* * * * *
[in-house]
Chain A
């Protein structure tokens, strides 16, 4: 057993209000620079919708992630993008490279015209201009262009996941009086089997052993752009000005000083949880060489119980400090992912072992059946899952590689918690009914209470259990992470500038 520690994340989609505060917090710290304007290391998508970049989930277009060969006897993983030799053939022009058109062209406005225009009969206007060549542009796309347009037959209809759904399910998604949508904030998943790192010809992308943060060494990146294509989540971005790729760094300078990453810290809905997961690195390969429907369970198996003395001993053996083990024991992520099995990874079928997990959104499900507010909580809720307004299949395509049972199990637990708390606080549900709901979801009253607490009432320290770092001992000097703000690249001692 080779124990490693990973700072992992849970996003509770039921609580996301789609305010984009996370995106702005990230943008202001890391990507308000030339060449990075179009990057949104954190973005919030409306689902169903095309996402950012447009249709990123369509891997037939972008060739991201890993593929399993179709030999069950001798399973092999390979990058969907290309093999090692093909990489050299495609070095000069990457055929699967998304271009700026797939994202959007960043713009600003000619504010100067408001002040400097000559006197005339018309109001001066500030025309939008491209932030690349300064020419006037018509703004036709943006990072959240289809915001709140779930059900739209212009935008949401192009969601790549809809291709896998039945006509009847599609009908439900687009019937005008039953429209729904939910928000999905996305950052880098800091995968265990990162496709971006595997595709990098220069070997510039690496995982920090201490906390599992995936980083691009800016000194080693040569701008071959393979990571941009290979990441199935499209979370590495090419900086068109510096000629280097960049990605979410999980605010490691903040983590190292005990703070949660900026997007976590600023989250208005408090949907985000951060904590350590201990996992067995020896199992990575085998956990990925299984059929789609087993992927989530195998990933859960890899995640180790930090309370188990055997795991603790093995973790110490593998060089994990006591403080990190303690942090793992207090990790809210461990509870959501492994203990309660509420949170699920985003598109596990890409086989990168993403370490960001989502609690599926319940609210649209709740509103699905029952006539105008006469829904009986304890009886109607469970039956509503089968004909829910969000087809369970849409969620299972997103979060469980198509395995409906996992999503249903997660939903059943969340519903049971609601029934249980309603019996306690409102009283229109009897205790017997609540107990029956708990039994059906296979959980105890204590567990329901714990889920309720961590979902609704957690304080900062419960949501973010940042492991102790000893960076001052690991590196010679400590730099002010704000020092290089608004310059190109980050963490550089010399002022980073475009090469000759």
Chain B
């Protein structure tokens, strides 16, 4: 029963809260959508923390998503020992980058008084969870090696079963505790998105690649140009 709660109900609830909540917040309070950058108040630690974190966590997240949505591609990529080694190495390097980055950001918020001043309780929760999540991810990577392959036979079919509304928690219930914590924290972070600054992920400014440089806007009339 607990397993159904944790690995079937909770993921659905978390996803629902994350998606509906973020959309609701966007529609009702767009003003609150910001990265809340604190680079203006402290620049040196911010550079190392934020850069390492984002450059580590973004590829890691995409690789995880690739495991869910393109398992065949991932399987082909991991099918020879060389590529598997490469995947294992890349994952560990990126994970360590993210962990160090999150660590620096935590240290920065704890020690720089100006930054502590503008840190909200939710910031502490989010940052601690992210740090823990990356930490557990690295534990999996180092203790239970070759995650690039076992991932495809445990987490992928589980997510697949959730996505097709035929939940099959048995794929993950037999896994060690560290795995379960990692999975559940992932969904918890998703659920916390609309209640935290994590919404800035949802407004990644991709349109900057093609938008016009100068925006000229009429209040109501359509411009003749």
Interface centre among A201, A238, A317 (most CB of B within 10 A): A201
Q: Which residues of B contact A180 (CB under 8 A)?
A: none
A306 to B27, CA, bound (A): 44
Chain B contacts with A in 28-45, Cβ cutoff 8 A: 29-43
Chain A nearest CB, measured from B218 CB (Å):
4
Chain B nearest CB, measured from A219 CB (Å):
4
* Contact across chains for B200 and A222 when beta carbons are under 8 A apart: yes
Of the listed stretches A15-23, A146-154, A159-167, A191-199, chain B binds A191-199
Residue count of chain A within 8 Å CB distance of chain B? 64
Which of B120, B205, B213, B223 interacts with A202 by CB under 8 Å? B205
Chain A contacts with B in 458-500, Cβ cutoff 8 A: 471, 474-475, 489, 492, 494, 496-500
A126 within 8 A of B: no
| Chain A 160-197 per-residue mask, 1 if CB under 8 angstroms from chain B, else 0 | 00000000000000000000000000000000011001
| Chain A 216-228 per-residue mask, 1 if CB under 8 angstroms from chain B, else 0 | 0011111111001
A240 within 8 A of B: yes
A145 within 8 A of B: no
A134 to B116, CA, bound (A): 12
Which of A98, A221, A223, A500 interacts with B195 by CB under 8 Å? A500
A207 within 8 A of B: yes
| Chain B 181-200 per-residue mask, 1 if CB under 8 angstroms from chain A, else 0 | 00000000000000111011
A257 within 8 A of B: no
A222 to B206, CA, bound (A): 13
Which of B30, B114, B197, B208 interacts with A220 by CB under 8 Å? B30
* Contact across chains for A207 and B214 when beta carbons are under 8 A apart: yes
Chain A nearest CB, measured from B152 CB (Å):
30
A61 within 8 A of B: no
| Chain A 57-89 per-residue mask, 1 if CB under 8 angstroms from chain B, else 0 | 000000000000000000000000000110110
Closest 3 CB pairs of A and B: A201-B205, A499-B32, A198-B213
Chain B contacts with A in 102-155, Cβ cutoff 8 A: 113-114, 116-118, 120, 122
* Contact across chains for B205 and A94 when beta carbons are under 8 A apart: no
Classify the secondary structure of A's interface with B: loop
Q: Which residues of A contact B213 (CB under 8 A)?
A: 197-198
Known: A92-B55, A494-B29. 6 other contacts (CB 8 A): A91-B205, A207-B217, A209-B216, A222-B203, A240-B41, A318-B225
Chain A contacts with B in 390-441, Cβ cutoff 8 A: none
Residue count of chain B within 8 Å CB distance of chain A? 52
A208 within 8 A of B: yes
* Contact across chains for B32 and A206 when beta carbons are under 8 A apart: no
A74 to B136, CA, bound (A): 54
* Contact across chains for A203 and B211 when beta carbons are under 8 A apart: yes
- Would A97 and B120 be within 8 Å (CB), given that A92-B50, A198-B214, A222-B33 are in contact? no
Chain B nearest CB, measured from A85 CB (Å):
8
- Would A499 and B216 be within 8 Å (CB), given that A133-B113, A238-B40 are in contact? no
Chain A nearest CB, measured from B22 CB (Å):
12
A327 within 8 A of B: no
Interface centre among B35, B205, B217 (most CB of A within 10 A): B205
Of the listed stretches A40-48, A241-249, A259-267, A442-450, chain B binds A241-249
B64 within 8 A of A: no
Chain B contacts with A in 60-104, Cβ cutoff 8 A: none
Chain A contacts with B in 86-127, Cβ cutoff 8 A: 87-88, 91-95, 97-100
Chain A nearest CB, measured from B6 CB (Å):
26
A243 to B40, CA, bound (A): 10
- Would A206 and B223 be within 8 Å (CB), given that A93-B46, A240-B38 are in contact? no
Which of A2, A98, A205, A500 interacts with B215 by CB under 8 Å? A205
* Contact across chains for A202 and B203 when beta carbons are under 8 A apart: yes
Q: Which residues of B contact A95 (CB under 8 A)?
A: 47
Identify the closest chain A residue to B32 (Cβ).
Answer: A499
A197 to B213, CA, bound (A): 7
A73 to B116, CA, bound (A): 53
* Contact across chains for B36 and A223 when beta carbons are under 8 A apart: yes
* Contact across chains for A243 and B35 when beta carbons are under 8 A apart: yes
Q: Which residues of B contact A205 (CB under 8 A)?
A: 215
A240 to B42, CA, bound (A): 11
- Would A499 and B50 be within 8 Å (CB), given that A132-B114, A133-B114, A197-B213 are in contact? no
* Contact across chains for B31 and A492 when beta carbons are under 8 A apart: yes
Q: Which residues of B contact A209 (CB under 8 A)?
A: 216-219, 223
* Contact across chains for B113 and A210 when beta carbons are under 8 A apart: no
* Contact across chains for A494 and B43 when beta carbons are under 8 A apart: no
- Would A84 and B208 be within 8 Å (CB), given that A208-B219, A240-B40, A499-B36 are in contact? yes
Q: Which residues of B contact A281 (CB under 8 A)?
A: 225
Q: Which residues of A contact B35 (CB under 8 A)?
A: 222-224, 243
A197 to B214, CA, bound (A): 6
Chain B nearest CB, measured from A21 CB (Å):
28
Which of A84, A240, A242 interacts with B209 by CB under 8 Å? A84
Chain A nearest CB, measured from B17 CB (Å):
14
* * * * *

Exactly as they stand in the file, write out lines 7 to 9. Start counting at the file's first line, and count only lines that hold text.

Q: Which residues of B contact A180 (CB under 8 A)?
A: none
A306 to B27, CA, bound (A): 44